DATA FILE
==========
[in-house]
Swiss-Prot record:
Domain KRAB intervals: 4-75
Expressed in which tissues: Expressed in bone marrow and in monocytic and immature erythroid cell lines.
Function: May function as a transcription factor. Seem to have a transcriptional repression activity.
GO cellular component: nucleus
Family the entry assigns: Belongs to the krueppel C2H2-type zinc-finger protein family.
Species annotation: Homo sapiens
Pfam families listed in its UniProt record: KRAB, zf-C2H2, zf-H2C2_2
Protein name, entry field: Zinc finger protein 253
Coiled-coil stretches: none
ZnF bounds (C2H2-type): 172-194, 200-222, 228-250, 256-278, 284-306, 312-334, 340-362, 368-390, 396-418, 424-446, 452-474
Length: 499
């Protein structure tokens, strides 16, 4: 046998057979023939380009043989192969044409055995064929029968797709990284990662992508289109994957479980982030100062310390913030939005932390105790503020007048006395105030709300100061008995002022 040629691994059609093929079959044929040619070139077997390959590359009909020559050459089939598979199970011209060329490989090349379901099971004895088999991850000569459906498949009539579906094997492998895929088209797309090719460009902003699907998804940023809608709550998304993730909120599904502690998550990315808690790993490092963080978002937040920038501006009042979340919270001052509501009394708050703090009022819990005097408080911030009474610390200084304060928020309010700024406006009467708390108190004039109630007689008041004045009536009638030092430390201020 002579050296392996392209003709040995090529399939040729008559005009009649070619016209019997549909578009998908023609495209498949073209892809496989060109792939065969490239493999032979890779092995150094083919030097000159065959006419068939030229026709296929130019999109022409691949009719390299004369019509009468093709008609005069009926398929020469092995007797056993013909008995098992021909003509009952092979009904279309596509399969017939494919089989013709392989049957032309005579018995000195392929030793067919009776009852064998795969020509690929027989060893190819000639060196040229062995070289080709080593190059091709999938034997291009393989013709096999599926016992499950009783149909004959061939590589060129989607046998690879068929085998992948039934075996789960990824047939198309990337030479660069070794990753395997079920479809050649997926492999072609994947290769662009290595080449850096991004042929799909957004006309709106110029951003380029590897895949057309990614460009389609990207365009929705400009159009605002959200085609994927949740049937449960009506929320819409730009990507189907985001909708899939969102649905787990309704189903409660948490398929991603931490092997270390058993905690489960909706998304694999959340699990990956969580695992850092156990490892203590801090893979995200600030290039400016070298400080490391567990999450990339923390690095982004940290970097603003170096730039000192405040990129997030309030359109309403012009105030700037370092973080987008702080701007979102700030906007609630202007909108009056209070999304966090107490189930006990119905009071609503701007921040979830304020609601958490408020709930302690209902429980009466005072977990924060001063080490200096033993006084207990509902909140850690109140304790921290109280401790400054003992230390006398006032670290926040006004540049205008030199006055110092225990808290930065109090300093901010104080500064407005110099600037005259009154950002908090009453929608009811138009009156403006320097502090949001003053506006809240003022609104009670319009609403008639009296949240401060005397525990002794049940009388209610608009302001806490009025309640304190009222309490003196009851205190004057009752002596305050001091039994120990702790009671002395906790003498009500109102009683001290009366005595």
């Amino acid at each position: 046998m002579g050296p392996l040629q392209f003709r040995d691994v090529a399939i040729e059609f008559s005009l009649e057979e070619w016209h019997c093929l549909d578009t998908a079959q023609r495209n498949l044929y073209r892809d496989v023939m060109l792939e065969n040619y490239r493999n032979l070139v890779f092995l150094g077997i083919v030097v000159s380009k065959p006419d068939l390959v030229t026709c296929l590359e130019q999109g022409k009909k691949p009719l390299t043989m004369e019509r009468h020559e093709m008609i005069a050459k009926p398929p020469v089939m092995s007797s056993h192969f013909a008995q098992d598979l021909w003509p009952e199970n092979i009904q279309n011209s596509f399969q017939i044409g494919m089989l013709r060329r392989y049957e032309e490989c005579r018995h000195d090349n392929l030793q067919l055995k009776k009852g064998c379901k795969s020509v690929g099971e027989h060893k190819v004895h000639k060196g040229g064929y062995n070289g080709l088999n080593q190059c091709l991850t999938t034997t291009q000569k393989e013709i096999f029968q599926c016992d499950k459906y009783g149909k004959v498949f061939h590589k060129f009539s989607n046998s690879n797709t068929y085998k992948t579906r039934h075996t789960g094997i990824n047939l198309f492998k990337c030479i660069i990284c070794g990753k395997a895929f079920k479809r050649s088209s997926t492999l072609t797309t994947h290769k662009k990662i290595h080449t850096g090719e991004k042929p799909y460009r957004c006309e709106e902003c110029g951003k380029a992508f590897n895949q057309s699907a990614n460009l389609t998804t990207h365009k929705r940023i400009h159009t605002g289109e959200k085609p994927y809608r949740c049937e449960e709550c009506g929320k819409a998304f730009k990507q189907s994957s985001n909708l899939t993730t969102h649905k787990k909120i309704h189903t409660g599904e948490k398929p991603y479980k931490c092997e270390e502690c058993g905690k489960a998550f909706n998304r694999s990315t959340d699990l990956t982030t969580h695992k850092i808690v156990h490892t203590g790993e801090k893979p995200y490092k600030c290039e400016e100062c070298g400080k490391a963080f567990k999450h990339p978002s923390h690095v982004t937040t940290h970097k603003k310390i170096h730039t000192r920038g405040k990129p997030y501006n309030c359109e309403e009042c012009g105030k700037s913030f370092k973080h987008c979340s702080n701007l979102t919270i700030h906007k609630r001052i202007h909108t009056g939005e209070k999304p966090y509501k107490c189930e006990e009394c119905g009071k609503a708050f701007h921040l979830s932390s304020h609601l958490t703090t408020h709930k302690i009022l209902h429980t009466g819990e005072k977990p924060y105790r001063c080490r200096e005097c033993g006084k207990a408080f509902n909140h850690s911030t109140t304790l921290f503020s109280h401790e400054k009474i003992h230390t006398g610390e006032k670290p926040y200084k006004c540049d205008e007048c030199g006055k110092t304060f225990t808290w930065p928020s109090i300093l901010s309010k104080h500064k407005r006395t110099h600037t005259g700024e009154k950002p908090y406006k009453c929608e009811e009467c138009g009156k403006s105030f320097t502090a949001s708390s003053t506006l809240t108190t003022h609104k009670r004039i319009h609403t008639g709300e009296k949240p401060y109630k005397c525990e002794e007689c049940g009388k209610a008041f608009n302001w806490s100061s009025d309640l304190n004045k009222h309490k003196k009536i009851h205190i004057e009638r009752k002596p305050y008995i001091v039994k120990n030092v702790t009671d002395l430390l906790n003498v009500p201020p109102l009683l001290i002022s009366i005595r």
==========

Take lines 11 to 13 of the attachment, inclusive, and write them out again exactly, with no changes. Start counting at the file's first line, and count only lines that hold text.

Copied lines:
Coiled-coil stretches: none
ZnF bounds (C2H2-type): 172-194, 200-222, 228-250, 256-278, 284-306, 312-334, 340-362, 368-390, 396-418, 424-446, 452-474
Length: 499